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FAO: Global food prices reached all-time high in February

FAO: Global food prices reached all-time high in February
March 05
10:07 2022

The Food and Agriculture Organisation (FAO) says global food prices reached an all-time high in February — driven by vegetable oils and dairy products. 

In a statement on Friday, FAO said the food price index (FPI), which tracks changes in the international prices of items of commonly traded food commodities, averaged 140.7 points in February, up 3.9 percent from January. 

The new figure is 24.1 percent above the previous year and 3.1 points higher than in February 2011.

“Concerns over crop conditions and adequate export availabilities explain only a part of the current global food price increases. A much bigger push for food price inflation comes from outside food production, particularly the energy, fertiliser and feed sectors,” said FAO economist Upali Galketi Aratchilage.


“All these factors tend to squeeze profit margins of food producers, discouraging them from investing and expanding production.”

According to the report, the February reading only partly incorporates market effects stemming from the conflict in Ukraine.

The overall rise in FPI was led by an 8.5 percent increase in the FAO vegetable oils price index, a new record high.


The report said it was principally due to sustained global import demand, which coincided with a few supply-side factors, such as lower soybean production prospects in South America.

The dairy price index averaged 6.4 percent higher in February than January, supported by lower-than-expected milk supplies in Western Europe and Oceania, as well as persistent import demand, especially from North Asia and the Middle East.

The report added that the cereal price index increased 3.0 percent over January due to rising quotations for maize and other coarse grains, caused by continued concerns over crop conditions in South America, uncertainty from Ukraine, and rising wheat export prices.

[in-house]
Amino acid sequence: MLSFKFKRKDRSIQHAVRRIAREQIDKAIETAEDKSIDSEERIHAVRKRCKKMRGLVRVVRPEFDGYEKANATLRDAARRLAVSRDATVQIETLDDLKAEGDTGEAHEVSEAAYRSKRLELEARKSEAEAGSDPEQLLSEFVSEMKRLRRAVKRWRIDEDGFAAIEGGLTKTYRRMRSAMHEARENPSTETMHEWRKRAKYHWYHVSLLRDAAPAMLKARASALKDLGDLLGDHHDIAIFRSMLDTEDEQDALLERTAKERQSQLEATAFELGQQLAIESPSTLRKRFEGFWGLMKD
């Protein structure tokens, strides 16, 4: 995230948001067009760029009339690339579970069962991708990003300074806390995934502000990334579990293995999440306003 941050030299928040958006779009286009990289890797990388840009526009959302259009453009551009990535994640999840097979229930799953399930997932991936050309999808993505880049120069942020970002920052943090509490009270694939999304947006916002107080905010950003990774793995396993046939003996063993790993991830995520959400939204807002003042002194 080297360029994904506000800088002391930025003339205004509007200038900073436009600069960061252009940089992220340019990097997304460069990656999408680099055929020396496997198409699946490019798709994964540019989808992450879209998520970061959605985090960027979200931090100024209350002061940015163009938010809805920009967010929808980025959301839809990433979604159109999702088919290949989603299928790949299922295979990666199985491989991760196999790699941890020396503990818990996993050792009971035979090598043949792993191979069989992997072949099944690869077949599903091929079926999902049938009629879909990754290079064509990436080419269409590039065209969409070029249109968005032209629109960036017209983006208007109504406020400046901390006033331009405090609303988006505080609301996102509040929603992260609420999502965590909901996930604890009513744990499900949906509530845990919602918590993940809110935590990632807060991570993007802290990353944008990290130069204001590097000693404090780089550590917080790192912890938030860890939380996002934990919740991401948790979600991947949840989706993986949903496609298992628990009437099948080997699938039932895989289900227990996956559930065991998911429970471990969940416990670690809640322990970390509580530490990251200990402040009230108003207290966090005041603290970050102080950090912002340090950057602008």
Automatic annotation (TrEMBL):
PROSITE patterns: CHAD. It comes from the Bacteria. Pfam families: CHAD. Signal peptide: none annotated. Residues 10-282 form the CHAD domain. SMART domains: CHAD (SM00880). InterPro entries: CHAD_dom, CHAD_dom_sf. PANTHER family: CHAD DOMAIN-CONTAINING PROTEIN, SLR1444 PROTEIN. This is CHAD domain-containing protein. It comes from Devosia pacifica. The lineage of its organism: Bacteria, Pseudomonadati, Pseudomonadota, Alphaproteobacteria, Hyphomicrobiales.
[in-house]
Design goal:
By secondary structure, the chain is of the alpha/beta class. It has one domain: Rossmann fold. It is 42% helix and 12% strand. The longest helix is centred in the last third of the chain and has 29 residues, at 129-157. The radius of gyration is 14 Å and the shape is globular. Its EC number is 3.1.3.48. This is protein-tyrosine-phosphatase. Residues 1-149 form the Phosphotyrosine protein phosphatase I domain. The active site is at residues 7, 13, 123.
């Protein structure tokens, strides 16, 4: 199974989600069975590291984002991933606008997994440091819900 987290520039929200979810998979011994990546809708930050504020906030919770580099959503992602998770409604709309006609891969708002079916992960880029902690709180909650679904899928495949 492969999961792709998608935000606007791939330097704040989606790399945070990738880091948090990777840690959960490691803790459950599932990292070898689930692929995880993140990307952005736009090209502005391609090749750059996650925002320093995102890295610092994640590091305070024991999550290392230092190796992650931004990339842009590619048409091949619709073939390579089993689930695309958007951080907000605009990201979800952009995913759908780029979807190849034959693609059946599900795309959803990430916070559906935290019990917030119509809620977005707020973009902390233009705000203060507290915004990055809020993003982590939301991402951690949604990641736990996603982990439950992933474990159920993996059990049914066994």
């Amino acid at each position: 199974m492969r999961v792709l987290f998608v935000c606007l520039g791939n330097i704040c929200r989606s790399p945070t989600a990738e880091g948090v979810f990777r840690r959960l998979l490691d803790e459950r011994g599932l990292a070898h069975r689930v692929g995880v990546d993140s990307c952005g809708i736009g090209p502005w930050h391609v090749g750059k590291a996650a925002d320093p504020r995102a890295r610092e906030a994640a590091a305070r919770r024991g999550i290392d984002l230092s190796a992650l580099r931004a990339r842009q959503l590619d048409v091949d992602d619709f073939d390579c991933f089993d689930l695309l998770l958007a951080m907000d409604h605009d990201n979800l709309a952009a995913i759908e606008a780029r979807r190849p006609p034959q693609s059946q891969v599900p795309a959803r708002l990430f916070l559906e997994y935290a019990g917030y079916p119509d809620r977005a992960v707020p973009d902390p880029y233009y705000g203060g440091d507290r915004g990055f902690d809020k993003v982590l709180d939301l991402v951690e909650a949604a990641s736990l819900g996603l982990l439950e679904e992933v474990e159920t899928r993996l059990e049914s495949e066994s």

“World wheat prices increased by 2.1 percent, largely reflecting uncertainty about global supply flows from Black Sea ports. International rice prices increased by 1.1 percent, sustained by strong demand for fragrant rice from Near East Asian buyers and the appreciation of the currencies of some exporters against the U.S. dollar,” the report reads. 


“The FAO Meat Price Index rose 1.1 percent from January, with international bovine meat quotations reaching a new record high amid strong global import demand and tight supplies of slaughter-ready cattle in Brazil and high demand for herd rebuilding in Australia.”

The FAO sugar price index also declined by 1.9 percent amid favourable production prospects in India, Thailand and other major exporters, as well as improved growing conditions in Brazil.

FAO also published a preliminary forecast that shows worldwide cereal output may increase to 790 million tonnes this year.

It said anticipated high yields and extensive planting in North America and Asia should offset a likely slight decrease in the European Union and the adverse impact of drought conditions on crops in some of the North African countries.


“FAO has also updated its forecast for world cereal production in 2021, now pegged at 2 796 million tonnes, a 0.7 percent increase from the year before,” it added. 

“Global cereal utilisation in 2021/2022 is now seen at 2 802 million tonnes, a 1.5 percent annual increase. Global cereal stocks ending in 2022 are forecast to grow slightly over the year to 836 million tonnes.”



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